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A Holy Week procession is a public ritual march of clergy and penitents which takes place during Holy Week in countries which have a Roman Catholic culture. Various images of the saints, especially the Virgin Mary, and most importantly the image of the crucified Christ are carried aloft by foot as a penance; acts of mortification are carried out; traditional hymns and chants are sung (except during the silent processions of Good Friday). In many penitential orders, the faces of the penitents are covered by elaborate hoods, such as the capirote, as a way of hiding one's identity in order to not ostentatiously draw attention to oneself while performing penance. Crosses, and biers holding Catholic holy images surrounded with flowers and offerings of candles, are carried usually from one parish church to another led by the clergy, monastic orders, or heads of the penitential orders.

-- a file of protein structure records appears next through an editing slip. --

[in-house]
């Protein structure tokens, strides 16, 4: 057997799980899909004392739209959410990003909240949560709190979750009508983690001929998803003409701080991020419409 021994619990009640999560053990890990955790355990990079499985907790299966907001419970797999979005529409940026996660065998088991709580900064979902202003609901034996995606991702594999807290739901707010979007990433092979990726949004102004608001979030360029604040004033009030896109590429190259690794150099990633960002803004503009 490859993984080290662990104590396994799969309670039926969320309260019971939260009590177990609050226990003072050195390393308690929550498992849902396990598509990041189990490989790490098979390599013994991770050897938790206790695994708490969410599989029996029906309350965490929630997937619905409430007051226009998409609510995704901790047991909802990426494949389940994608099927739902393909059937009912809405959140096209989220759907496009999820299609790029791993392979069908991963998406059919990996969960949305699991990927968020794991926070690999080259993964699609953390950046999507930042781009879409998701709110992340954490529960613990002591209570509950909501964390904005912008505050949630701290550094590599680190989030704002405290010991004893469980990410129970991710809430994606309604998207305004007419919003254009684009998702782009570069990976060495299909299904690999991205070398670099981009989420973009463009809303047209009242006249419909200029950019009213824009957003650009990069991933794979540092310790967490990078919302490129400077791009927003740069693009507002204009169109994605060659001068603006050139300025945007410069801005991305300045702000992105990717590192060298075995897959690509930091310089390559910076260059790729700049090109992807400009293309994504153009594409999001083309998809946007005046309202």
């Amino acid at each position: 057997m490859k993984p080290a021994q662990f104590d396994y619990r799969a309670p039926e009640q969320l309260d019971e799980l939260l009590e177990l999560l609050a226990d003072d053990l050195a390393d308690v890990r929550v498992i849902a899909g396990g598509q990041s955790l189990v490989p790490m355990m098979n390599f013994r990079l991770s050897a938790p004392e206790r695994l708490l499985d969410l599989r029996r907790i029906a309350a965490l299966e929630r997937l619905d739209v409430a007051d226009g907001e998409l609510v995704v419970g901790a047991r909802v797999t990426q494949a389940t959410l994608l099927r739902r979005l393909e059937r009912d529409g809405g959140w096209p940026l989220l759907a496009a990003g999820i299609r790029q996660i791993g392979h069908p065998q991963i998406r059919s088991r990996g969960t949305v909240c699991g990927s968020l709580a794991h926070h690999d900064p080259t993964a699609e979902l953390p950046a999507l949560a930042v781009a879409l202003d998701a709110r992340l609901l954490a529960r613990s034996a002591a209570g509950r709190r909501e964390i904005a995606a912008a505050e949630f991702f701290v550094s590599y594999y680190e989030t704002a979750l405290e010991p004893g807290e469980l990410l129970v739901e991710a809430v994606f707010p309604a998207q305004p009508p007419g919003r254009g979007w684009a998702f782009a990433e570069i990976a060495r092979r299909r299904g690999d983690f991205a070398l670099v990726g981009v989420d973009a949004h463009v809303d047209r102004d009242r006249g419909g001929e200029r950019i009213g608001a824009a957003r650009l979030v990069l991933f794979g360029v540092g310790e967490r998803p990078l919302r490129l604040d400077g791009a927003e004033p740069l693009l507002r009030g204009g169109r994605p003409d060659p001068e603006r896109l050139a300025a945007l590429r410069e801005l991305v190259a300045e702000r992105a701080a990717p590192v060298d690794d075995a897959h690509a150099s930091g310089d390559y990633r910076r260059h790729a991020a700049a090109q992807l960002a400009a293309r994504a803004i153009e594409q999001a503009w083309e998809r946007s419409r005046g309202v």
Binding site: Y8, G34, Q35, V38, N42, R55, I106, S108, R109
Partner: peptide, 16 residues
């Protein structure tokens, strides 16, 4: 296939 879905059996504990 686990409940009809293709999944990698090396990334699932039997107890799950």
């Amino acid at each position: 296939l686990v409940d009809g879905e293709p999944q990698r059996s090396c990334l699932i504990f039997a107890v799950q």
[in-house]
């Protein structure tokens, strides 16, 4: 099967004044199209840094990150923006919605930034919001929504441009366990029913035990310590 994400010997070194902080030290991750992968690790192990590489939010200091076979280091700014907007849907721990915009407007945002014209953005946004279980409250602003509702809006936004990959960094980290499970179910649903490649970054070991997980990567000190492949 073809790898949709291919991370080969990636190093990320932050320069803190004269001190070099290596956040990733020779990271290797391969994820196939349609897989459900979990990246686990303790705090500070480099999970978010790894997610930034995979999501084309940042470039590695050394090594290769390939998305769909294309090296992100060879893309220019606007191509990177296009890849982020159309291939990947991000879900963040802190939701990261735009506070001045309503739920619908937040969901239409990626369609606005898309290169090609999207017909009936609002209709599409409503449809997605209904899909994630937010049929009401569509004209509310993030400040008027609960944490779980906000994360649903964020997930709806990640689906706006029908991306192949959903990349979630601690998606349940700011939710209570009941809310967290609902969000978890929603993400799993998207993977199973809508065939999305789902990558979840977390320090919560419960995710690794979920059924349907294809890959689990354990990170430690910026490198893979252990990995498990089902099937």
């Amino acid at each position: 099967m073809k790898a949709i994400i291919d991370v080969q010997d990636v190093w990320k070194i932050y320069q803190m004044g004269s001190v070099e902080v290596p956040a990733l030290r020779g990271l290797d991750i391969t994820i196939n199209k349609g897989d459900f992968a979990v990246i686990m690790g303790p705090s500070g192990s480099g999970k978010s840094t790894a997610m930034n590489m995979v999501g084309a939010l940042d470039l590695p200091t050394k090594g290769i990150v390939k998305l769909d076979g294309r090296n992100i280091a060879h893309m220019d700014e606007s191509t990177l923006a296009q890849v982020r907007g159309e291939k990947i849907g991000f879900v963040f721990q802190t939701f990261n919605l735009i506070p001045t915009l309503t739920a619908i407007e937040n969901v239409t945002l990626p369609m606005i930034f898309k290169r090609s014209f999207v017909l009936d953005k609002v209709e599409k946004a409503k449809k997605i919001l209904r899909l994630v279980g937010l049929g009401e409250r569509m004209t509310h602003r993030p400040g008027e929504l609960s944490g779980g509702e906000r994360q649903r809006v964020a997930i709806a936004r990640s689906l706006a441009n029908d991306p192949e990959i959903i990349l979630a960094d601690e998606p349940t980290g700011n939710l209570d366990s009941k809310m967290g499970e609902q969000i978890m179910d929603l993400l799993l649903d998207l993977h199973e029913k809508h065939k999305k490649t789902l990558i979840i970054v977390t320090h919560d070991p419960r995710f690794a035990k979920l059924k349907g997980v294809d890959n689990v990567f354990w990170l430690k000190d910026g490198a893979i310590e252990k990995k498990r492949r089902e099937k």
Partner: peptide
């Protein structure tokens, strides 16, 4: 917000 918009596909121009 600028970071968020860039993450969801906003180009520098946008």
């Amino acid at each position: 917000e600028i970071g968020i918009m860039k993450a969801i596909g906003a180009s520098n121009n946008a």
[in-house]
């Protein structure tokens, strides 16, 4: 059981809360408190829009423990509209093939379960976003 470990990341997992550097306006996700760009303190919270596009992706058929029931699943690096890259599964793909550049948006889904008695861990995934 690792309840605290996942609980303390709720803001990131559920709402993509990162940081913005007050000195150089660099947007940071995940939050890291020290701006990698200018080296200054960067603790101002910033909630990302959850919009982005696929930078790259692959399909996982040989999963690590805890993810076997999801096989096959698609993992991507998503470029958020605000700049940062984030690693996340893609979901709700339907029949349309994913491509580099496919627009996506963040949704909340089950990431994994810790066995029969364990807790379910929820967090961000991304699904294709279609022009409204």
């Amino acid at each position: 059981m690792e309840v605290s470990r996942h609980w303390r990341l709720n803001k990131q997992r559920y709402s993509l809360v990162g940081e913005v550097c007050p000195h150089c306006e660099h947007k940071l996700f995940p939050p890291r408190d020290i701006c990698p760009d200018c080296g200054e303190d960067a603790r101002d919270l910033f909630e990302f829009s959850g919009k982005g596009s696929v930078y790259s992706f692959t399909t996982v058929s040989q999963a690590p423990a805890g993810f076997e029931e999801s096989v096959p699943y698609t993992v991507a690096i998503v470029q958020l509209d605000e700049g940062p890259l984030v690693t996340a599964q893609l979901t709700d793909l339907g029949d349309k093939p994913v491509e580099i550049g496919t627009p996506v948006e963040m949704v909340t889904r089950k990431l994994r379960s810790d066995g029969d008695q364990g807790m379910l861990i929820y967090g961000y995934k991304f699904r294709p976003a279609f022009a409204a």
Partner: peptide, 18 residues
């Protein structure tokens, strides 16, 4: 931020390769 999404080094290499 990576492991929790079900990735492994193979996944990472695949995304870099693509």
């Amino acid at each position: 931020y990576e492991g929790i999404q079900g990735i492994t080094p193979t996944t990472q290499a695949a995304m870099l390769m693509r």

'The Chained Man' procession in Sartène (Corsica)
Palm Sunday procession in Astorga (Spain)
Holy Week procession in Taranto (Italy)
Paso of Holy Week in Salamanca.
Procession, Antigua, Guatemala

Places famous for their Holy Week processions include:

See also Holy Week processions in Guatemala

Renowned sculptors of Holy Week pasos include:

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